Simple tips to boost your health, wellness, and fitness

Science and Health

People have questioned me as to why, at The Wellness Clinic, we offer a free consultation before starting a program. It’s very simple. People need to know before they get started on their journey to improved health that it doesn’t happen just because you sign up. It’s hard work, but it’s well worth the effort. 

Weight loss, lowering blood pressure, reversing diabetes or prediabetes, and lowering cholesterol are all very possible. But there are no easy solutions. We have neither a magic wand nor a magic pill. What we do have is a good education based on what the latest scientific research has to offer. We can give you motivational techniques and, eventually, a path to good health, lower stress, and a happier life. 

With all this effort to change our lifestyle habits, what are we actually achieving? That is what Zack asked me when he came to sign up for our program. Zack is 44 years old. Over the last eight years, he has gained 12 kilos and is starting to have health problems. He is pre-diabetic and his blood pressure, which was always normal, is creeping up. He is at a low level of fitness with no formal exercise in his daily routine. But to his credit, Zack realized that he needed to make some changes.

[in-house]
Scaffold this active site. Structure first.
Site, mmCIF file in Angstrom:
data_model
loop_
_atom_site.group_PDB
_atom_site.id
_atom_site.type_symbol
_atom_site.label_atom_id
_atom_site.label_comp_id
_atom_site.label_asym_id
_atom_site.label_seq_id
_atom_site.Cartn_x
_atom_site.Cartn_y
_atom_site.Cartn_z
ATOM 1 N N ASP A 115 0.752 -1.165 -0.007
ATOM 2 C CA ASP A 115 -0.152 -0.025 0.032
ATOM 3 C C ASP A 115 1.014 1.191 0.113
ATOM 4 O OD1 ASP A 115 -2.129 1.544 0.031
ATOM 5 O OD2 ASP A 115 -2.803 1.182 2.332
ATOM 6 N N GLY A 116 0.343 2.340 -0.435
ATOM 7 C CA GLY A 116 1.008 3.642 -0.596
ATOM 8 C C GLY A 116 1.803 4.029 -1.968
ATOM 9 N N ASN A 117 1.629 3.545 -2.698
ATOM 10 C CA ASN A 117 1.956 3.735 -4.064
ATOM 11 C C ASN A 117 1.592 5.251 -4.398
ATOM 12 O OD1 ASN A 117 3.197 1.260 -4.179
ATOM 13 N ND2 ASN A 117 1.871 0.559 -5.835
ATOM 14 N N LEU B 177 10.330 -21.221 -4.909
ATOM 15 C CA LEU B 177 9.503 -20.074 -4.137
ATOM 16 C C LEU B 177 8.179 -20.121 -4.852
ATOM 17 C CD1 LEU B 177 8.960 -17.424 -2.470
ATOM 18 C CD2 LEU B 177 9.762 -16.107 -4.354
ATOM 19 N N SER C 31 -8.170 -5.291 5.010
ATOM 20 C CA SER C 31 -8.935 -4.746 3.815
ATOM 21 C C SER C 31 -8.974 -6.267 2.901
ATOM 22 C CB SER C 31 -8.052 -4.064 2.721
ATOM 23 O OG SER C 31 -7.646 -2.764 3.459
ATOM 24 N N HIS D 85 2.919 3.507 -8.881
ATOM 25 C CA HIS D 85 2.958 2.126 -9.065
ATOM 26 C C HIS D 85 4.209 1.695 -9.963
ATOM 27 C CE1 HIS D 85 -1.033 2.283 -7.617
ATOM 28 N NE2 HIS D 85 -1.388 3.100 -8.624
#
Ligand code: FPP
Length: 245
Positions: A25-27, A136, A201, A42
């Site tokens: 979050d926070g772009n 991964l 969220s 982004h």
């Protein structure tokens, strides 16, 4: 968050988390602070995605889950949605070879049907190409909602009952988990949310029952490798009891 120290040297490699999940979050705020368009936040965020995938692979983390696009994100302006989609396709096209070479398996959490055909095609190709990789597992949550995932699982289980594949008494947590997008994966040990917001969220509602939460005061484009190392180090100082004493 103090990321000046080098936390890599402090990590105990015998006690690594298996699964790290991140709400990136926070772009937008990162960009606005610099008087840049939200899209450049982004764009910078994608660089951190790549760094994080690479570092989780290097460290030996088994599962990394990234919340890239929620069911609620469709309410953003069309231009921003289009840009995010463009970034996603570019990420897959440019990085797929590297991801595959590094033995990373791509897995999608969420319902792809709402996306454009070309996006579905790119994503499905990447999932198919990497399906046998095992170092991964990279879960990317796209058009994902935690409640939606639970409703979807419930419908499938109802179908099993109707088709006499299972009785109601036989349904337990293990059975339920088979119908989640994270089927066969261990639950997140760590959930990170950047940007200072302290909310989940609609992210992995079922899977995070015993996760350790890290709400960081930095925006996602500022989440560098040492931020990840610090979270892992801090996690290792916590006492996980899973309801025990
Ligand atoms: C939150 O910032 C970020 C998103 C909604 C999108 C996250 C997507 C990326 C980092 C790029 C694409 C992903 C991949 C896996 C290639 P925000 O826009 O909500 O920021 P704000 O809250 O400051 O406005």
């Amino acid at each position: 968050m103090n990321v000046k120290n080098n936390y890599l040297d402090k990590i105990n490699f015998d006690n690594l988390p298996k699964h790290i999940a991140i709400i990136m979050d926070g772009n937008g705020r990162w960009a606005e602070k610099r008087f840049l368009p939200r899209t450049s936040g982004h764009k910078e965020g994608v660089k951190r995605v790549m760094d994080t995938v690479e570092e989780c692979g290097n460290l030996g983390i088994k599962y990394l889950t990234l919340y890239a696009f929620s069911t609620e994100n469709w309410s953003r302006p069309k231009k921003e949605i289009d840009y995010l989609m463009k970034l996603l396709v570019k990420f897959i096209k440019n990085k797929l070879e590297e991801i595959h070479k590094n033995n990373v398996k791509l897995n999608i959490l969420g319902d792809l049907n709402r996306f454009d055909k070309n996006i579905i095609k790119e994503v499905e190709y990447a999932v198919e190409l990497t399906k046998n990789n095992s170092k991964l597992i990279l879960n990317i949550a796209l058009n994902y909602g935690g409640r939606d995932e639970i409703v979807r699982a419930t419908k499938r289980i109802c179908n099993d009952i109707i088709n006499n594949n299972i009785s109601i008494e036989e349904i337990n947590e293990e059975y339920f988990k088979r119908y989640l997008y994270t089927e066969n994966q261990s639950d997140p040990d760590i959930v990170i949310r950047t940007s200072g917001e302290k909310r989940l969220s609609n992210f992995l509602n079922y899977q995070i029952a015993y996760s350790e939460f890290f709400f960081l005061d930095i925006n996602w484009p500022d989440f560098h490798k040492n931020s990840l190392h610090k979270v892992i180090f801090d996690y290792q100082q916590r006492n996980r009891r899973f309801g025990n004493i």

Good health starts with good changes

Changing habits and behaviors is the way to achieve good health. When we inculcate good, healthy behaviors into our everyday lives, we cut the odds of illness and disease substantially. So, when you start walking briskly six days a week, build some muscle twice a week, and change to healthier eating (and, as a consequence, lose some weight), you improve your likelihood of having a better life. 

How important is exercise? Let’s take a closer look at what decades of research have shown us about making exercise a priority in our lives. 

WALKING, WHETHER on a treadmill or outdoors, is an incredibly powerful medium for overall health, the writer stresses. (credit: Alan Freishtat/The Wellness Clinic)